The first bit was deceptively easy – across the grass and onto a trail behind the picnic shelter and swimming area. Then the “fun” began – a ½ mile climb to the top of the gorge, along the North Rim trail. I had flashbacks to the Greylock Death March as I trudged up the hill… except I knew this wouldn’t last nearly as long as that did! Eventually the trail leveled off, we crossed the dam at the top of the gorge, and headed down the South Rim trail – a welcome change from the previous uphill climbs. That ended all too quickly, but then we hit the best part of the whole race – running up the gorge trail. Fillmore Glen is basically a mini-Watkins Glen – the creek running down through the gorge drops over several larger waterfalls and a number of small cascades, and the trails winds back and forth across the creek on eight bridges. The whole trail was absolutely awesome – cool and shady, relatively level (except for the occasional set of steps and the slippery wooden bridges, and with spectacular waterfalls. (And unfortunately my disposable camera ran out of film before I got to the best set of waterfalls – including a spray running down the side of the gorge that we got to run through!) After that it was another steep path back to the rim, then we retraced out path back to the dam at the top of the gorge and ran back down the North Rim trail. The downhill stretch at the end was actually easier than I’d expected (downhills are where I’m most likely to blow out a knee, so I have to take it pretty easy on them… steep downhills can slow me to a crawl.) The final run to the finish was over level ground, and I had some nice folks cheering me on at the end, where I got my “Finger Lakes Running Club” finisher’s pin – kind of cool, actually, to get something like that at such a small race.

Afterwards, I grabbed a bagel and cream cheese, headed over to the spot where the road ran though the creek, and sat down on a rock with my feet in the wonderfully cold water. (Not quite as blissful as sitting on the front of my car eating soup and a bagel after last November’s Lil’ Rhody Runaround, but close!) My feet cooled down pretty quickly, and I briefly contemplated sitting in the water to cool my legs – but then decided that driving two hours to Rochester in wet shorts wouldn’t be pleasant. So instead I settled for splashing water on my legs before heading to the car to change into dry clothes.

There were two things that made this a bear – the terrain (some of the hills were definitely tough!!!) and the humidity (despite running virtually the whole thing on shaded trails, it was hotter than heck.) As a result, my time was fairly pathetic – 1:38:40 for 7 miles, or slightly over 14 minutes per mile. But the scenery was great, and the people there seemed like a really nice group. I’d definitely like to do some more the the FLRC races (the 25K back on July 1 was one of theirs – too bad I missed it!) and I think I’d like to do this one again (if for no other reason than to see if I can go a little faster!)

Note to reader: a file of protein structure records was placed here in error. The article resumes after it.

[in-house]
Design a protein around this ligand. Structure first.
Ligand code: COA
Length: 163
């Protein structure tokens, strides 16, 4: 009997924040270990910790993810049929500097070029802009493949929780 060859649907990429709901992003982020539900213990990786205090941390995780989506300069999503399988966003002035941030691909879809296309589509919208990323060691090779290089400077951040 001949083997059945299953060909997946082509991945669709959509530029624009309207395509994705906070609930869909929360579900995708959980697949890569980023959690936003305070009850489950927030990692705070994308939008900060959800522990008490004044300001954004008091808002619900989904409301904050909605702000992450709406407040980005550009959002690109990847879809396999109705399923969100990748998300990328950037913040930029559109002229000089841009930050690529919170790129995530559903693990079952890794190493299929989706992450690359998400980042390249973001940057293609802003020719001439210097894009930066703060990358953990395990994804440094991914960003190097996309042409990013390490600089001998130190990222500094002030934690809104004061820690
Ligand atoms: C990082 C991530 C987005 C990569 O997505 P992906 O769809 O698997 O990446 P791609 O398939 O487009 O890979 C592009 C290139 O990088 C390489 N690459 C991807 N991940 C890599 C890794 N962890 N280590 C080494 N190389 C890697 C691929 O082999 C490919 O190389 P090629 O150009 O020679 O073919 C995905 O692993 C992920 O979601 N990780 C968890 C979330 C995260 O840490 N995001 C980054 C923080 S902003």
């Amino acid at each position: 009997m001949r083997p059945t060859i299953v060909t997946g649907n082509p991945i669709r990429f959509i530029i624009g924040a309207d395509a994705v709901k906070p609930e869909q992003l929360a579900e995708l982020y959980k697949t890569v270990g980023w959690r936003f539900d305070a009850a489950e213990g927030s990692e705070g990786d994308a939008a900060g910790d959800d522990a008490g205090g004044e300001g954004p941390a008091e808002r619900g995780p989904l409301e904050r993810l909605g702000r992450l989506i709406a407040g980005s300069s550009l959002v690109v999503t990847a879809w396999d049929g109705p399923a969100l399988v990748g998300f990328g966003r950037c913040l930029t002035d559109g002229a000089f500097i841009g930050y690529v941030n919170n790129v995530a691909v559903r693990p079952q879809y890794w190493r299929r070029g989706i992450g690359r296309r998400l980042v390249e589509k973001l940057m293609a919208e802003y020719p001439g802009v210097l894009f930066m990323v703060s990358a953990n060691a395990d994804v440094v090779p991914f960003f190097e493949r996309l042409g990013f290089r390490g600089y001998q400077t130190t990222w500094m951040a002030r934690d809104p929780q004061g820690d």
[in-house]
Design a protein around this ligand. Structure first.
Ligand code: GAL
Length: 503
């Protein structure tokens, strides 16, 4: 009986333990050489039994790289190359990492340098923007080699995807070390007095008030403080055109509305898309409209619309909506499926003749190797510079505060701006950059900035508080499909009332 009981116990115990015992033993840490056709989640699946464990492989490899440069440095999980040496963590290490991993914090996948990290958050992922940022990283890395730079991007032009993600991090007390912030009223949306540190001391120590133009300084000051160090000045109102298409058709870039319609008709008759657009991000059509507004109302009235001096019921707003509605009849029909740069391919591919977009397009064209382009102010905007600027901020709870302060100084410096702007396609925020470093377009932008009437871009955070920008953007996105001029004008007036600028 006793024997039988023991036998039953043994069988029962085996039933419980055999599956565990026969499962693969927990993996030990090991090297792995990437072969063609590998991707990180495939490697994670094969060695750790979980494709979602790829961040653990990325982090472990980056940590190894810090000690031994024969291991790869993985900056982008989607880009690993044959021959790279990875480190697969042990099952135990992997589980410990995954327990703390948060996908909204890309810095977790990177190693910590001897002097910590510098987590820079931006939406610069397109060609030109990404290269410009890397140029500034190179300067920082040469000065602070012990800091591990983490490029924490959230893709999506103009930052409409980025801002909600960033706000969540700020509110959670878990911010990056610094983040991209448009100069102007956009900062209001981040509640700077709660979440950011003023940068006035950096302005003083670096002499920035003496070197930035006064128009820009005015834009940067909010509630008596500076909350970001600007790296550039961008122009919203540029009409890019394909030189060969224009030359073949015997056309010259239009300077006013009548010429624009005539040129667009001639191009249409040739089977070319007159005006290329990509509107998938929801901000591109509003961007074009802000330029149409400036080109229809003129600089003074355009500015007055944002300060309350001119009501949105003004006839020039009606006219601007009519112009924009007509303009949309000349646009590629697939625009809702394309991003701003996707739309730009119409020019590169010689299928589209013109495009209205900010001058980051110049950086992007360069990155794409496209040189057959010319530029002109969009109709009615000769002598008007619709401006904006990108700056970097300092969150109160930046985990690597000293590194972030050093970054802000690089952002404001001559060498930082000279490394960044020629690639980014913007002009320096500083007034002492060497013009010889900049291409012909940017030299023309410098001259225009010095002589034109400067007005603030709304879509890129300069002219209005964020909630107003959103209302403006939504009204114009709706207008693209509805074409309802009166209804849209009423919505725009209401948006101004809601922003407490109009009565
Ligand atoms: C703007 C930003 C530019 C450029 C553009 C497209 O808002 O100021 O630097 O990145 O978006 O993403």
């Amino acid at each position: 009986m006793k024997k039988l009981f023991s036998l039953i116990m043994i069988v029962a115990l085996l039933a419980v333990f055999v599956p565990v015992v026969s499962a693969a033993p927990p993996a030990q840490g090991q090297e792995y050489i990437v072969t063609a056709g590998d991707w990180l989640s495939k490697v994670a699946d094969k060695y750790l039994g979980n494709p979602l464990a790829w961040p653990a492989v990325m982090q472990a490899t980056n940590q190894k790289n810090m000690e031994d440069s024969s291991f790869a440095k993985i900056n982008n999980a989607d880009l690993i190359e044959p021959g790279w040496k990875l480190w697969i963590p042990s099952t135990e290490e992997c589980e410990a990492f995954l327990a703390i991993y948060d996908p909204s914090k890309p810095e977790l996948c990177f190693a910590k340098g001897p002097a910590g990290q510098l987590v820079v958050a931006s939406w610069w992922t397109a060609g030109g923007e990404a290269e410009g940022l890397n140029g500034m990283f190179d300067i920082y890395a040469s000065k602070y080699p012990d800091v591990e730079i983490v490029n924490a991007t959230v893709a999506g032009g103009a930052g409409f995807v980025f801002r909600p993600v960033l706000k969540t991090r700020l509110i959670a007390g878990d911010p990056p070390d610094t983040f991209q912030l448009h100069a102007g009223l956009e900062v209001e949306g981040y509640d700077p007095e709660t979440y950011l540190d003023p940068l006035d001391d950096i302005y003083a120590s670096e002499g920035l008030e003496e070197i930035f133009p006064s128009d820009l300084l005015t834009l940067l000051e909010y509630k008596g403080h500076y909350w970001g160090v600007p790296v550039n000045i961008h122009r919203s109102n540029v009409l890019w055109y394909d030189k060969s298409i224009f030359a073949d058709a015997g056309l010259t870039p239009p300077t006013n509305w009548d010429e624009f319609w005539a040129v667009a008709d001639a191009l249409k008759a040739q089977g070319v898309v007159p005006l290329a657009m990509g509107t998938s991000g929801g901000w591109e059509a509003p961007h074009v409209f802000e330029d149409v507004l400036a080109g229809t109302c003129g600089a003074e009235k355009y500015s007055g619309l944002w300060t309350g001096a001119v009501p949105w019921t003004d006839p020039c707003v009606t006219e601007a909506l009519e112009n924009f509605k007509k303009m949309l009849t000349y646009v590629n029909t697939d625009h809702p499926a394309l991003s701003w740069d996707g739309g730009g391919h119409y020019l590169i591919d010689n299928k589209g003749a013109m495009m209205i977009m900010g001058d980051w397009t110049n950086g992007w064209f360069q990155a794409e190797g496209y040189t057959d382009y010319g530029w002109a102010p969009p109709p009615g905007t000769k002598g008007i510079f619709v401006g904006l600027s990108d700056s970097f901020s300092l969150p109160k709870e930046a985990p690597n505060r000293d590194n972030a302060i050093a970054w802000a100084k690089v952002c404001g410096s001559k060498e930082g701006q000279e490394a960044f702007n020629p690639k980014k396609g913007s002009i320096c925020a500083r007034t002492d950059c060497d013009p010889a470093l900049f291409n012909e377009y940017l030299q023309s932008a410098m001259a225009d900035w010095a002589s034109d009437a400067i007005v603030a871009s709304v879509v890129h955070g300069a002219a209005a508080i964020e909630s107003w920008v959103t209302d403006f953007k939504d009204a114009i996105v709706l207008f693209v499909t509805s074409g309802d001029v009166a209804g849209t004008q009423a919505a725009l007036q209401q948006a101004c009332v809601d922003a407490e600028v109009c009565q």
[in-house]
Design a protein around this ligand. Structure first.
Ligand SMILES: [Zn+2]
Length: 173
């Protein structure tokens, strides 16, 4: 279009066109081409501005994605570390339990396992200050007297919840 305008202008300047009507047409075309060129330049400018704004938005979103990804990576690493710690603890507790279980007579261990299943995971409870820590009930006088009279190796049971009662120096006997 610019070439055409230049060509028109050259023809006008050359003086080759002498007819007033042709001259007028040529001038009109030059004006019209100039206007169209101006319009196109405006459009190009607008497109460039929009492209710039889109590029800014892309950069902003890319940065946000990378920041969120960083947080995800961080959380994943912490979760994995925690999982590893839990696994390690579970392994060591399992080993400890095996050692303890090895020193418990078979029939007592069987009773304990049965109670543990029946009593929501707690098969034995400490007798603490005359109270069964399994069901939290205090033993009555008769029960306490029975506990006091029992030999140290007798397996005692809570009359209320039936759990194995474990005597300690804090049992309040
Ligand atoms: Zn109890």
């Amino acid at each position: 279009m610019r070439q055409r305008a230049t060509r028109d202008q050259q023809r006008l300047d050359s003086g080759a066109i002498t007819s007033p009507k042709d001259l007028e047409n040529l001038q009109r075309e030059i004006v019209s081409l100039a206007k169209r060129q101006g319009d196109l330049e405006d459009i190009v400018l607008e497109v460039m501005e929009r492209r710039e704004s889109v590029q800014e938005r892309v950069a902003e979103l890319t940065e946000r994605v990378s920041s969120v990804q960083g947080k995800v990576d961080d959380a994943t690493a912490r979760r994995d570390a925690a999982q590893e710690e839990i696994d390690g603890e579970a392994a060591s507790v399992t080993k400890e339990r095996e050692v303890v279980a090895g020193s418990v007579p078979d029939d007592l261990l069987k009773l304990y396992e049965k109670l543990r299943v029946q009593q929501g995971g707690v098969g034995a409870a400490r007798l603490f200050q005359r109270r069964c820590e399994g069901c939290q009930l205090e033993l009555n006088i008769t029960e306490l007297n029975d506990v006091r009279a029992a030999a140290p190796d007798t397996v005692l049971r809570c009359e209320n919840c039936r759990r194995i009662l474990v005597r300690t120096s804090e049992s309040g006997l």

Next up: The Race the Train 8.4 mile run from Riparius to North Creek (for some reason I think the train’s going to win… but it’s different enough that I thought it would be fun to do, at least once…)


2006 event totals
snowshoe - 3 miles, 59.5 min
running - 90.8 miles, 23 hr 20 min
riding - 32.4 miles, 2 hr 32 min

Wednesday, July 26, 2006

3 1/2 Hour Run in the Wilds of Thacher State Park
Wednesday, July 26, 2006

Several days later than I intended, and at Thacher rather than October Mountain State Forest in MA, and not as long (distance-wise) as I'd hoped to do - but I finally got off my backside and ran my long run for the week.

My plan was to run the escarpment up to the OSI/Thacher property, then run the Long Path out to the old quarry, then head back and loop through the Paint Mine/Hop Field trails to finish out at about 15-16 miles. As usual, things didn't go quite as I'd planned...

The run along the escarpment and up into the OSI/Thacher property went as expected - I've run both many times before, since the latter part is a section of the second loop of the Indian Ladder trail run (in other words, I ran it a little over a week ago in the race!) Hit the gravel road - and lost the Long Path. So I made my way along the gravel/stone roads we used last year in the Hairy Gorilla Half Marathon and ended up at the old quarry. From there it was easy to find the Long Path again... running that section was another story! After a good start I ended up first heading through a meadow with waist-high grass and uneven footing (ie walk or blow out a knee.) Then the trail headed into the woods and became a "true" hiking trail - barely discernable singletrack (thank heavens for blazes!) with mostly uneven footing (again, lots more walking.)

I made it back to the Indian Ladder area about 3 1/4 hours into the run, and realized I just didn't have the time to loop up into the woods (I needed to be over at the karate school later in the evening to teach class.) So I returned along the escarpment and did the final bit along the road, wrapping up at 3 1/2 hours and probably about 12.5 miles. Tired but not thrashed, which I take as a decent sign for both the Savoy 20 mile trail race in a few weeks and the Adirondack marathon in 1 1/2 months. Still have a bunch of training to do, but it looks doable.


Monday, July 24, 2006

12 Mile Run Along the Mohawk-Hudson Bikepath
Sunday, July 23, 2006